Sy Kattelson started taking photographs before World War II, using a camera so big and unwieldy it took two people to operate. His subjects were models for catalogs or magazines, and his images were often used as source material for illustrations. When Mr. Kattelson, who will turn 94 next month, returned from the war, it was with a more portable camera and a sharper eye. He joined the left-leaning Photo League and began documenting the street life of lower-middle-class New Yorkers.
“Most people doing that type of work were doing poverty-stricken people, like on the Lower East Side,” said Mr. Kattelson, who grew up in the Bronx and Queens, the son of an electrician and a shop owner. “I started to think, ‘What about people like me, who were not in poverty?’ So I tried to show people what they were living like.” Often overshadowed by better-known members of the Photo League, such as Sid Grossman or Lisette Model, Mr. Kattelson continued to evolve after the League dissolved in 1951, under suspicion of being a Communist organization. “I didn’t want to keep making the same pictures all over again,” he said from his home in Saugerties in the Hudson Valley. By the 1980s, he said, “I got interested in double exposures and putting pictures together” in collages. He added, “I wanted to get more information in pictures.”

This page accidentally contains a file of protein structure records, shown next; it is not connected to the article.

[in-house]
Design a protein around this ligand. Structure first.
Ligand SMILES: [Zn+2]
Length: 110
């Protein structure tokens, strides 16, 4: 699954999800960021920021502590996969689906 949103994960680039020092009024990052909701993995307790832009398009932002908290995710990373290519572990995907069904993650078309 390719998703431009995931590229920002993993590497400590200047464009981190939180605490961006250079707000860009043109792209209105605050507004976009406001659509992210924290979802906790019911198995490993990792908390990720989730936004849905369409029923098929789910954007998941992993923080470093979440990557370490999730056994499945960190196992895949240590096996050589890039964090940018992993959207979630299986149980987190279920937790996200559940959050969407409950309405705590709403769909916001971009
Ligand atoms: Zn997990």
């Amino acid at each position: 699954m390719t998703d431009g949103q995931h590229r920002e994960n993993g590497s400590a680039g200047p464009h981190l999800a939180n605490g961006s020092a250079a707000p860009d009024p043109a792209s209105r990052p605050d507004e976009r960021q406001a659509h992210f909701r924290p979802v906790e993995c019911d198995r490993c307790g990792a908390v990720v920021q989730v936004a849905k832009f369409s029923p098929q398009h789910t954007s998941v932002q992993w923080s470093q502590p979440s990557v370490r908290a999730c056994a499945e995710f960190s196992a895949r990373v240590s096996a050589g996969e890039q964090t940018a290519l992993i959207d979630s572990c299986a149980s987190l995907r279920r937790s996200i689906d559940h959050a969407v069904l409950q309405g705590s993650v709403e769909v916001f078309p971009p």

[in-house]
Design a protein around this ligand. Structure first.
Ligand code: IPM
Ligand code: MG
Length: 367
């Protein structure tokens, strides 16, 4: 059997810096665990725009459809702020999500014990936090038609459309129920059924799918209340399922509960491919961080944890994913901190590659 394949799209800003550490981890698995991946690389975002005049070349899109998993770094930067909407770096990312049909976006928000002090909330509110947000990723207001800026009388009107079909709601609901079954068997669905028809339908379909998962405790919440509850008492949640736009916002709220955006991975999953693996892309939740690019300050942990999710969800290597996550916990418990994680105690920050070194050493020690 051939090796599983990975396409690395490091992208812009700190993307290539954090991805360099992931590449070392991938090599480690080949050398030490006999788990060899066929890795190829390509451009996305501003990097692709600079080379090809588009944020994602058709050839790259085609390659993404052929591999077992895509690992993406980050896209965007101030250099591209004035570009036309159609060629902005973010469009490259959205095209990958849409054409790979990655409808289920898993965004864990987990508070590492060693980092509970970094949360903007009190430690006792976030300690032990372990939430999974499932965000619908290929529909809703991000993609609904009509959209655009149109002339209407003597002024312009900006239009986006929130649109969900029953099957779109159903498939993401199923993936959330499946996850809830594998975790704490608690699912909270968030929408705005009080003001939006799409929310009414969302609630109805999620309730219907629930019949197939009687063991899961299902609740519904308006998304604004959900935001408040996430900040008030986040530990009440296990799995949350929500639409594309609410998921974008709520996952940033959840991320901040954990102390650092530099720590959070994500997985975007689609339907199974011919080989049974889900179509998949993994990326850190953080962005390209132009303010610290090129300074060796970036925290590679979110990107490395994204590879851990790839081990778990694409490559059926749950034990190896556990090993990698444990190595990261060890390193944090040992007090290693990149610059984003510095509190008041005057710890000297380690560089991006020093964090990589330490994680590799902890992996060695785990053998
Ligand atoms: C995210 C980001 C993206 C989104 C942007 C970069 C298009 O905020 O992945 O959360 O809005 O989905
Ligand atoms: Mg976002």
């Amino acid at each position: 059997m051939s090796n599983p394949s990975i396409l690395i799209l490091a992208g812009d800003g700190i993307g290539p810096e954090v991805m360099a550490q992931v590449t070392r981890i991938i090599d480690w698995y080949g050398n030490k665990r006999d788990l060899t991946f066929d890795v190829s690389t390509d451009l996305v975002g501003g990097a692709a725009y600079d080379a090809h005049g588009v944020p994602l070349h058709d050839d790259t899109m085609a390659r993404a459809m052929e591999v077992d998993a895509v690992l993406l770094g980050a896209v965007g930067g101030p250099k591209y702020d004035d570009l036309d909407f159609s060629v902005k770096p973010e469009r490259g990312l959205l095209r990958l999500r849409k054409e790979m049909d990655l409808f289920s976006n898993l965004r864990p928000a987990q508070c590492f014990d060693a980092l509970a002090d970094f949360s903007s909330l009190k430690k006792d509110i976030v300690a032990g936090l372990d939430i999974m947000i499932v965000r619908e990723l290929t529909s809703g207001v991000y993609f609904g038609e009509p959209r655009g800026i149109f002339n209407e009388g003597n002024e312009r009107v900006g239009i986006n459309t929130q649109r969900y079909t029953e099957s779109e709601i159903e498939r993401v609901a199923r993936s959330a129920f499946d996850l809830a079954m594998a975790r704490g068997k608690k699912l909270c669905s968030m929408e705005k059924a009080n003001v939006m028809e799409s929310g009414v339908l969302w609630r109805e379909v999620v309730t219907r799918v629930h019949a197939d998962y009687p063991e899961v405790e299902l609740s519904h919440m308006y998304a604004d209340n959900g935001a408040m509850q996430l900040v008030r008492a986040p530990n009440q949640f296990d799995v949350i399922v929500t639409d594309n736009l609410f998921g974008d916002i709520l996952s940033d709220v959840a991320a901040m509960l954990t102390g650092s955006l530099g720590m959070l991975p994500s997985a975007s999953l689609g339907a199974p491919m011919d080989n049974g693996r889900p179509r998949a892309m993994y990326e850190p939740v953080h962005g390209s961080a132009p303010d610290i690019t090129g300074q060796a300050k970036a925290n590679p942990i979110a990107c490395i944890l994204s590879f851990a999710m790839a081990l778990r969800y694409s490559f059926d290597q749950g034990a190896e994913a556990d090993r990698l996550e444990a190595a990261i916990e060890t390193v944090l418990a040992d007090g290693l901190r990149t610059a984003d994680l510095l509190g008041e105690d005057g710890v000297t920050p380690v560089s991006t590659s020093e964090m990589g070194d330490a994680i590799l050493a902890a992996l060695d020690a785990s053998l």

Those later works are on exhibit for the first time at the Howard Greenberg Gallery in Manhattan, along with older images, in his first solo exhibition in nearly 20 years. “I remember people arguing about whether photography was a serious art form,” he said. “The Photo League talked about it the way I thought about it, as a serious art form showing ordinary people’s lives.” The group’s political leanings, he said, were never his concern. “I was just trying to show the world what it was.”